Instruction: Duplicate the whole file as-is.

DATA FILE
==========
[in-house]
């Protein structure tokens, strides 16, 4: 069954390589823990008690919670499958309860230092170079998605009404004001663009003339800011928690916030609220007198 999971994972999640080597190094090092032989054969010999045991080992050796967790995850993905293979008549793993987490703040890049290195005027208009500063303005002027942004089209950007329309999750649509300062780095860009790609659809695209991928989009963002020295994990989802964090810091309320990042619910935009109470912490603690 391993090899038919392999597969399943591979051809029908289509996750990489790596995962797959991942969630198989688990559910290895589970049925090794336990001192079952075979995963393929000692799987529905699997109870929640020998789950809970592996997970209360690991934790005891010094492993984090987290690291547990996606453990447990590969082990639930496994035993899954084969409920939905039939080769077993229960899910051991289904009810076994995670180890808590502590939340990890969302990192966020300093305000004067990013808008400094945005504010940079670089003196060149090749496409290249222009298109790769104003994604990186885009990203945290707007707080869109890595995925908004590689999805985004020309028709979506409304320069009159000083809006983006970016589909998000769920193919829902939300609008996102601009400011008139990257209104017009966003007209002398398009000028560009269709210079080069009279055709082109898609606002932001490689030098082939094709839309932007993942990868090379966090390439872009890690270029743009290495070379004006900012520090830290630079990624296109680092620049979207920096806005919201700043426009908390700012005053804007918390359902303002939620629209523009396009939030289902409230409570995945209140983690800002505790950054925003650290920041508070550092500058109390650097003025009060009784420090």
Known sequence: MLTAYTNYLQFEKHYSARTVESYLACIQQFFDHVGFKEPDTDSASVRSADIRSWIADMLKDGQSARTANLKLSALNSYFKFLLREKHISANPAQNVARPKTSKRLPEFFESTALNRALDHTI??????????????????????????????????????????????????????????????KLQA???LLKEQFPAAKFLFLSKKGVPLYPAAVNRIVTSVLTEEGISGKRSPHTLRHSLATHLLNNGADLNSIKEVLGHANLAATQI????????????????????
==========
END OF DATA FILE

[in-house]
């Protein structure tokens, strides 16, 4: 069954390589823990008690919670499958309860230092170079998605009404004001663009003339800011928690916030609220007198 999971994972999640080597190094090092032989054969010999045991080992050796967790995850993905293979008549793993987490703040890049290195005027208009500063303005002027942004089209950007329309999750649509300062780095860009790609659809695209991928989009963002020295994990989802964090810091309320990042619910935009109470912490603690 391993090899038919392999597969399943591979051809029908289509996750990489790596995962797959991942969630198989688990559910290895589970049925090794336990001192079952075979995963393929000692799987529905699997109870929640020998789950809970592996997970209360690991934790005891010094492993984090987290690291547990996606453990447990590969082990639930496994035993899954084969409920939905039939080769077993229960899910051991289904009810076994995670180890808590502590939340990890969302990192966020300093305000004067990013808008400094945005504010940079670089003196060149090749496409290249222009298109790769104003994604990186885009990203945290707007707080869109890595995925908004590689999805985004020309028709979506409304320069009159000083809006983006970016589909998000769920193919829902939300609008996102601009400011008139990257209104017009966003007209002398398009000028560009269709210079080069009279055709082109898609606002932001490689030098082939094709839309932007993942990868090379966090390439872009890690270029743009290495070379004006900012520090830290630079990624296109680092620049979207920096806005919201700043426009908390700012005053804007918390359902303002939620629209523009396009939030289902409230409570995945209140983690800002505790950054925003650290920041508070550092500058109390650097003025009060009784420090």
Known sequence: MLTAYTNYLQFEKHYSARTVESYLACIQQFFDHVGFKEPDTDSASVRSADIRSWIADMLKDGQSARTANLKLSALNSYFKFLLREKHISANPAQNVARPKTSKRLPEFFESTALNRALDHTI??????????????????????????????????????????????????????????????KLQA???LLKEQFPAAKFLFLSKKGVPLYPAAVNRIVTSVLTEEGISGKRSPHTLRHSLATHLLNNGADLNSIKEVLGHANLAATQI????????????????????